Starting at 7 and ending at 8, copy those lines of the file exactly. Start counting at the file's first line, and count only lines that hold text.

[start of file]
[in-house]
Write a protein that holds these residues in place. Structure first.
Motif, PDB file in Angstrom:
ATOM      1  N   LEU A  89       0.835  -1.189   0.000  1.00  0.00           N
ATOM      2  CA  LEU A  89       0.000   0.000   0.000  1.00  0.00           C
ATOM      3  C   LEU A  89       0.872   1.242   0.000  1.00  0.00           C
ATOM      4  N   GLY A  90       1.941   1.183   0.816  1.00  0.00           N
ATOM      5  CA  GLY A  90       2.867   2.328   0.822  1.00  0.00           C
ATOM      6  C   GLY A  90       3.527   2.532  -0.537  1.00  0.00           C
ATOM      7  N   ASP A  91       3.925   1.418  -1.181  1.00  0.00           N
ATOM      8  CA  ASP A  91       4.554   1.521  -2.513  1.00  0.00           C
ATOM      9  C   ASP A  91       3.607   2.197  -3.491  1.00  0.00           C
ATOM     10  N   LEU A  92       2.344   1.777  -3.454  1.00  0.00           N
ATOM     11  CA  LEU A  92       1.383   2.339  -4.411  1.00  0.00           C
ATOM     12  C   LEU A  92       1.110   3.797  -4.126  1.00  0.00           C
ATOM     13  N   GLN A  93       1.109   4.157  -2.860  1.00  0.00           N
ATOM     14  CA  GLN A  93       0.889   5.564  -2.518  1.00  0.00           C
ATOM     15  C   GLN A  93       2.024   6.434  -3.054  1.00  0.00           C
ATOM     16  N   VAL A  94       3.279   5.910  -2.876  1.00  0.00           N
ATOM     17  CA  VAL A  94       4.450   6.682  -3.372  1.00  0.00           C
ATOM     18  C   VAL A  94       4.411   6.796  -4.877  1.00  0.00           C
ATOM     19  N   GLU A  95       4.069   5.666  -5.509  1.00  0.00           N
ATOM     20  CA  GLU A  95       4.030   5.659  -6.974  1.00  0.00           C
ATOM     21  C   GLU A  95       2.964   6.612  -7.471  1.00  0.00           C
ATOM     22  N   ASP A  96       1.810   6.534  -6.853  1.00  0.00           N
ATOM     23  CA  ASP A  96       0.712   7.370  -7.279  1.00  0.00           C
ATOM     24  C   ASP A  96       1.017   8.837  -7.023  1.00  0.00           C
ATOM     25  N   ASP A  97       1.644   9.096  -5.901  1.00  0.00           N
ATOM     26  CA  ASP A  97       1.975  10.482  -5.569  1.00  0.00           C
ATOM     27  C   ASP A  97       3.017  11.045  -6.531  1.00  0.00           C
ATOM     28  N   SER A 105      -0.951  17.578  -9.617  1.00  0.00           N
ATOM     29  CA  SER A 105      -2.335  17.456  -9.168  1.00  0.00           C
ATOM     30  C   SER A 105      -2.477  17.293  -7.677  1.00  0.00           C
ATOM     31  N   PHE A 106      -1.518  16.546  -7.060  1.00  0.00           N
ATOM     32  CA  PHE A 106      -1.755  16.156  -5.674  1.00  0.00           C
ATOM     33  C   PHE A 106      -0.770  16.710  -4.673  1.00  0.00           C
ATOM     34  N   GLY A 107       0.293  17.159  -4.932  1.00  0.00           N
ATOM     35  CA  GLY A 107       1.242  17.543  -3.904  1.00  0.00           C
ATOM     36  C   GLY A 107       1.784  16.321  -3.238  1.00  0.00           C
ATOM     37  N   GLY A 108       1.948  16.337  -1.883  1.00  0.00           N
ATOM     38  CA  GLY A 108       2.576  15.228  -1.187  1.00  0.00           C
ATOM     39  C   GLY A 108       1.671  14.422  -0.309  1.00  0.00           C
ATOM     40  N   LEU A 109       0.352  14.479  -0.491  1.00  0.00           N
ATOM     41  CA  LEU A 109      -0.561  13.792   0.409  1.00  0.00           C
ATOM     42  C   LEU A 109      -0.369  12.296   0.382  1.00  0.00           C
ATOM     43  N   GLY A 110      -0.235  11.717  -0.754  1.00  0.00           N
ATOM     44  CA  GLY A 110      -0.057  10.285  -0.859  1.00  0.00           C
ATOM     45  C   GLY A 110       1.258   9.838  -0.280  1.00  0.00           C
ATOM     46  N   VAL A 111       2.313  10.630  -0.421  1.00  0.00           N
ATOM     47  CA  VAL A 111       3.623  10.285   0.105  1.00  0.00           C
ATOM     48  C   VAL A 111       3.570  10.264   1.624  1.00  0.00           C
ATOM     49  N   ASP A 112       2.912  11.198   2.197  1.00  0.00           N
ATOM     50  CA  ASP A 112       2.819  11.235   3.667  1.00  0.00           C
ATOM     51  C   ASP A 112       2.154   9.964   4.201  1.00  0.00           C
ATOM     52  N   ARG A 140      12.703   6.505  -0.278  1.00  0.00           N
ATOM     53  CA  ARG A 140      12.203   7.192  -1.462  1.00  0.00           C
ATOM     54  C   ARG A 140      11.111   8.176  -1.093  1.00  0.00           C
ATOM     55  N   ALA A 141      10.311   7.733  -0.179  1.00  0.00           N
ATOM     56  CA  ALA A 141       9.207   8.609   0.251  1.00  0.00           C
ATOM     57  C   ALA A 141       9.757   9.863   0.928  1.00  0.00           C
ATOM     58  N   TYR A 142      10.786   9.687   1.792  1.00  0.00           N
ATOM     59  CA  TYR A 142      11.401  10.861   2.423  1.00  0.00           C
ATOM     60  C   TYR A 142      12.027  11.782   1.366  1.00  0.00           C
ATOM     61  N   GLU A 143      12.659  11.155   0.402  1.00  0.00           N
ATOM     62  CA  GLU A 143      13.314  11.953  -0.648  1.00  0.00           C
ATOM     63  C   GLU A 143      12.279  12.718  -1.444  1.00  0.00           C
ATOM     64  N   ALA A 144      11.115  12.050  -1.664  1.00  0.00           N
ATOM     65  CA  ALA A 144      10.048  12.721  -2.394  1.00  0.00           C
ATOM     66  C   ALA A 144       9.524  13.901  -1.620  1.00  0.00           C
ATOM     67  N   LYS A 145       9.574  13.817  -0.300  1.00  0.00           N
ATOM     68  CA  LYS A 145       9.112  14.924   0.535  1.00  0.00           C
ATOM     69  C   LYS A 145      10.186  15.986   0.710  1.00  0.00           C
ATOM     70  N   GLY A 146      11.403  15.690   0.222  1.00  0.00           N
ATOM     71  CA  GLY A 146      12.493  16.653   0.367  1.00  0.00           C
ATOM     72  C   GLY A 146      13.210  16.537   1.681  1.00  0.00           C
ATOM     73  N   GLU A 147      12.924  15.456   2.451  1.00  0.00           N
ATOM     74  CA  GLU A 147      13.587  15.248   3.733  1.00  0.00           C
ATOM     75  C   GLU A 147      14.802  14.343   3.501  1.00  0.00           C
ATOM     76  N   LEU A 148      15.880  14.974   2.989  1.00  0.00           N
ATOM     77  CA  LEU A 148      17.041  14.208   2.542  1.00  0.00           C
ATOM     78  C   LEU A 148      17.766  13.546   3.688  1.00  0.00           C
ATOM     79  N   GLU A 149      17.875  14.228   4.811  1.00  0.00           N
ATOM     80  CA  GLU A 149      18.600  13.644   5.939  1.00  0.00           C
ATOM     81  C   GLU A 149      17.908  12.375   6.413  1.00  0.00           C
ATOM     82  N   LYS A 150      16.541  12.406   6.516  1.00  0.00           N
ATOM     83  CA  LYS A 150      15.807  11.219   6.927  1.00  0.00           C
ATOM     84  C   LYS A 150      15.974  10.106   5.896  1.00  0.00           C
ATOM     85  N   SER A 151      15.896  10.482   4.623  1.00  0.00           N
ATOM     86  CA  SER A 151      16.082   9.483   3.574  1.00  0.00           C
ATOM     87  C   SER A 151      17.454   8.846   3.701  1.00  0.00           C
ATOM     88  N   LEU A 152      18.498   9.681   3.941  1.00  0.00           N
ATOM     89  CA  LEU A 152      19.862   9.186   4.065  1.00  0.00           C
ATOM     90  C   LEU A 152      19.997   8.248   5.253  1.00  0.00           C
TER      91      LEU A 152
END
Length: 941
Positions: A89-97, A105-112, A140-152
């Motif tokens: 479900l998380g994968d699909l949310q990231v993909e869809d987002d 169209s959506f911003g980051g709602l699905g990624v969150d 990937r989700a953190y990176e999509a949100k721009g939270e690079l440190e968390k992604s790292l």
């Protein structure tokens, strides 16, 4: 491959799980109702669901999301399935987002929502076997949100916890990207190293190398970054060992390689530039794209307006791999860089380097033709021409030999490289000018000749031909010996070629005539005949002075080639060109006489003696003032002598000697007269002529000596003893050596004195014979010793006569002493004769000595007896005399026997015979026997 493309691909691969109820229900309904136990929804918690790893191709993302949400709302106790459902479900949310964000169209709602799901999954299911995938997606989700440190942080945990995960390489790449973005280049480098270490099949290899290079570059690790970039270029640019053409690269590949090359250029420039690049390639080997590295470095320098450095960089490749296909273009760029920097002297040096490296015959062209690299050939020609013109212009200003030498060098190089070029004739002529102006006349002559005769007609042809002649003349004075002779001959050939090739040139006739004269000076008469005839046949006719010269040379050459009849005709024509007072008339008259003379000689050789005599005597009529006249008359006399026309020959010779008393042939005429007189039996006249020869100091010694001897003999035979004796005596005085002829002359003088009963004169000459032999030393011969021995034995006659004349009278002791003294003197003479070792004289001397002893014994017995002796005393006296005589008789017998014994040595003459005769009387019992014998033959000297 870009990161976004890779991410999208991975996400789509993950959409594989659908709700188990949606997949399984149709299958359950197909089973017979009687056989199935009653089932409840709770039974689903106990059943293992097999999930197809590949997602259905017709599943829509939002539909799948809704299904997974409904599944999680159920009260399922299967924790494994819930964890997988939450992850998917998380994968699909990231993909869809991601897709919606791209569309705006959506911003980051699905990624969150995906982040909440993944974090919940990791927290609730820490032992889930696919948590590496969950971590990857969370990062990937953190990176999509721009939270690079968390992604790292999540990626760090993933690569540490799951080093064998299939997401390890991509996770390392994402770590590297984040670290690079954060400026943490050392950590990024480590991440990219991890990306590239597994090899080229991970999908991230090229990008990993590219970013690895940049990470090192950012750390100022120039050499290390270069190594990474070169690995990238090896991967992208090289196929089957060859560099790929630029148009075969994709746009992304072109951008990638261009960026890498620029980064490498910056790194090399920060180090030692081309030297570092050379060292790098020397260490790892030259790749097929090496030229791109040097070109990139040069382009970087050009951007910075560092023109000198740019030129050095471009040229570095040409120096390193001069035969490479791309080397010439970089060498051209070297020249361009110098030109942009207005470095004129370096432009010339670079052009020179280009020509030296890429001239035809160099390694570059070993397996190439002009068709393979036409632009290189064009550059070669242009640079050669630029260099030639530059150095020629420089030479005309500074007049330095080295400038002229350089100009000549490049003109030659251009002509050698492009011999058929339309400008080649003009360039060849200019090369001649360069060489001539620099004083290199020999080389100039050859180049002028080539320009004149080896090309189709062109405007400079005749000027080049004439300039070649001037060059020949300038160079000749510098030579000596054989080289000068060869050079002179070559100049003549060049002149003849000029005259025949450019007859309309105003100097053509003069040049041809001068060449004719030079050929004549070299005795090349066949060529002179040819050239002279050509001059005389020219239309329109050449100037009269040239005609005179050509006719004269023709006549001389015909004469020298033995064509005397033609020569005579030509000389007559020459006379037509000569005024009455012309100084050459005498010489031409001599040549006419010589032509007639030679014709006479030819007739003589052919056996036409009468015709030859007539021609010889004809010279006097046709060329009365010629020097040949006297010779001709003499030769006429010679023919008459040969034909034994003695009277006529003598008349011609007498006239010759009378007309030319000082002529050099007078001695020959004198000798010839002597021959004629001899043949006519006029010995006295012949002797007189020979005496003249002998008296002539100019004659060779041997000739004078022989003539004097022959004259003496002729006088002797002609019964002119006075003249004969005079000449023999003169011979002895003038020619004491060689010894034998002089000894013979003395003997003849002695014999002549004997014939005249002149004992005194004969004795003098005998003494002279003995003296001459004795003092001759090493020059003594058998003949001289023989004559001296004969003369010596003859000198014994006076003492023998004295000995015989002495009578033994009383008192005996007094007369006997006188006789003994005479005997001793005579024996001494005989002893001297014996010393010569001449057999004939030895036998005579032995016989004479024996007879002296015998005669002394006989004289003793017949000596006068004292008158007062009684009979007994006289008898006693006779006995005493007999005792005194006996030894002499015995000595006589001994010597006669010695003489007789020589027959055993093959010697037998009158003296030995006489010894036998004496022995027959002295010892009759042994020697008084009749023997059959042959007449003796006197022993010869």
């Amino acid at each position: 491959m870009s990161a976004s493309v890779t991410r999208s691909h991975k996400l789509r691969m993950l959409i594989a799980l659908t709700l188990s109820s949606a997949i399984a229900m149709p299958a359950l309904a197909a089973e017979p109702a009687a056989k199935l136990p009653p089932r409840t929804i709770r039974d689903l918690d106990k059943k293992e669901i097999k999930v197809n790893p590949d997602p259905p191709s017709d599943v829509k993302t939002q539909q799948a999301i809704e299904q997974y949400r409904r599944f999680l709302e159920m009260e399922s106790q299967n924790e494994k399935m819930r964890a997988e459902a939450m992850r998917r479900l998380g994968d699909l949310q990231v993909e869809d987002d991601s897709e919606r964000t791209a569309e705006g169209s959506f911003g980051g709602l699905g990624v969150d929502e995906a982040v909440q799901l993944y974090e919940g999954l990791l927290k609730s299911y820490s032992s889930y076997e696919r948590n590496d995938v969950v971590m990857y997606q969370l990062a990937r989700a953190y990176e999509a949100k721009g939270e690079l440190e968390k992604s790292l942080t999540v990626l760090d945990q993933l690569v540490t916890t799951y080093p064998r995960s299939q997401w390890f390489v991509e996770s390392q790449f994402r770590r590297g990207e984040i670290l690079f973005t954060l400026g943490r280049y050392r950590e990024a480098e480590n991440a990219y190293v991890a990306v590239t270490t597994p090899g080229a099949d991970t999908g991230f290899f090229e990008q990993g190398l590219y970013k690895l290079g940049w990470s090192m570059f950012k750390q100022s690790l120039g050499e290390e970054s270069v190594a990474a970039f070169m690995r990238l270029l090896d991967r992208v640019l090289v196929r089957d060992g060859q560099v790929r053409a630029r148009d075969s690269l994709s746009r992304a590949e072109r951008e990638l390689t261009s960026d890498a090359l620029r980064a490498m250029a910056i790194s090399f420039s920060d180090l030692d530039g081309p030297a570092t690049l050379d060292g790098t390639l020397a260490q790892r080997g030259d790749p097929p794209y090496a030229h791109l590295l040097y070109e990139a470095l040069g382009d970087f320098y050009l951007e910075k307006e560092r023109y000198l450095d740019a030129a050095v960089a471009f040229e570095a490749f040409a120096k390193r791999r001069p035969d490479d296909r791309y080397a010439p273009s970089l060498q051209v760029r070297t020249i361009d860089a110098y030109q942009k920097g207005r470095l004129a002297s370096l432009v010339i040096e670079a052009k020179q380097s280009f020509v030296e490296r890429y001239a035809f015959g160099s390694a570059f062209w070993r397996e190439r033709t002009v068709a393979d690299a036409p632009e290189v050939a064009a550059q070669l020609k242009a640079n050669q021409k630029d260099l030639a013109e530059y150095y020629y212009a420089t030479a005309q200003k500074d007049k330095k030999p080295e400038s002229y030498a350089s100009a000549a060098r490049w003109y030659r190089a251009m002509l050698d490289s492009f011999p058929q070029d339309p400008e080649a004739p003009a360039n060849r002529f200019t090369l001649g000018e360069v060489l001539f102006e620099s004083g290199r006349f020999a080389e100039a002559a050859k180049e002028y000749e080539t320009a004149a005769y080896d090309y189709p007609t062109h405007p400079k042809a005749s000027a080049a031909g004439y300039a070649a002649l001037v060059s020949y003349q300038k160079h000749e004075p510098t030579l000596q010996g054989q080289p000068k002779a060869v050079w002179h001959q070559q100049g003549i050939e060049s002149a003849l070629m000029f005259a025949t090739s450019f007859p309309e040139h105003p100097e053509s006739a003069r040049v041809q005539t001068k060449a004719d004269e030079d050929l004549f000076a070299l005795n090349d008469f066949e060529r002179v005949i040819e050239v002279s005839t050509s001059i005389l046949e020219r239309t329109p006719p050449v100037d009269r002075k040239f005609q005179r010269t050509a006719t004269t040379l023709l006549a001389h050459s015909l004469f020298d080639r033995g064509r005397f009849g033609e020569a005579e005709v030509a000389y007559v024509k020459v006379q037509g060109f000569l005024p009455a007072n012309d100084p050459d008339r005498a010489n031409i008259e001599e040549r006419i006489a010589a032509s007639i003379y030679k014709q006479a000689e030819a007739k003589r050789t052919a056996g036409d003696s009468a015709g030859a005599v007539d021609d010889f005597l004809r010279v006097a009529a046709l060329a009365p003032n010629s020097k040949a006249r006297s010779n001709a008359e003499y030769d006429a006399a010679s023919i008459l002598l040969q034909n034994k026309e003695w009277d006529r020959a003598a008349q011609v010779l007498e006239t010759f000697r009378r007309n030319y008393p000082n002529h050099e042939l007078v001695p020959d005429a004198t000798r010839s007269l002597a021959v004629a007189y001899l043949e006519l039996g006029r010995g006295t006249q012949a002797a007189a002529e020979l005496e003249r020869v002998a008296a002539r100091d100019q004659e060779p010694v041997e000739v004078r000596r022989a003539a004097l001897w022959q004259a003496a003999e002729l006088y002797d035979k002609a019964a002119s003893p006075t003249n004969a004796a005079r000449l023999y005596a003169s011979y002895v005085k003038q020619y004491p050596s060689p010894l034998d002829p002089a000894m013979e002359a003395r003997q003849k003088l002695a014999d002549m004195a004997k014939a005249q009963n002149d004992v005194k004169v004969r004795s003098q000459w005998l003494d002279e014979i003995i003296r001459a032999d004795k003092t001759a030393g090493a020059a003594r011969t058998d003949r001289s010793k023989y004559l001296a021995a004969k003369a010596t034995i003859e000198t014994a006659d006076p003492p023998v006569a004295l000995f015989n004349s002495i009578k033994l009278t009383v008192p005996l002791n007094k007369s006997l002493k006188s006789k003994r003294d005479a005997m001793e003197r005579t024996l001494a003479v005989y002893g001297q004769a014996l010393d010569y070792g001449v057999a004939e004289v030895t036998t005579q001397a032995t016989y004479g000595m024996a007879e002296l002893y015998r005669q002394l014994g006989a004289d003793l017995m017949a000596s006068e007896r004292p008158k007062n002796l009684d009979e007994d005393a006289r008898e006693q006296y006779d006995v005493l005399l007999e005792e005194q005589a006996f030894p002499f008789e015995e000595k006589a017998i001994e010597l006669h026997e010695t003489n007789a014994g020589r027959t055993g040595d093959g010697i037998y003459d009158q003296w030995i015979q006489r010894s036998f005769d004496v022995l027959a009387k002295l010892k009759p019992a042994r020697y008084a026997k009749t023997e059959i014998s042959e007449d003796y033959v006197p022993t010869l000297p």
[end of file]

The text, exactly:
ATOM      4  N   GLY A  90       1.941   1.183   0.816  1.00  0.00           N
ATOM      5  CA  GLY A  90       2.867   2.328   0.822  1.00  0.00           C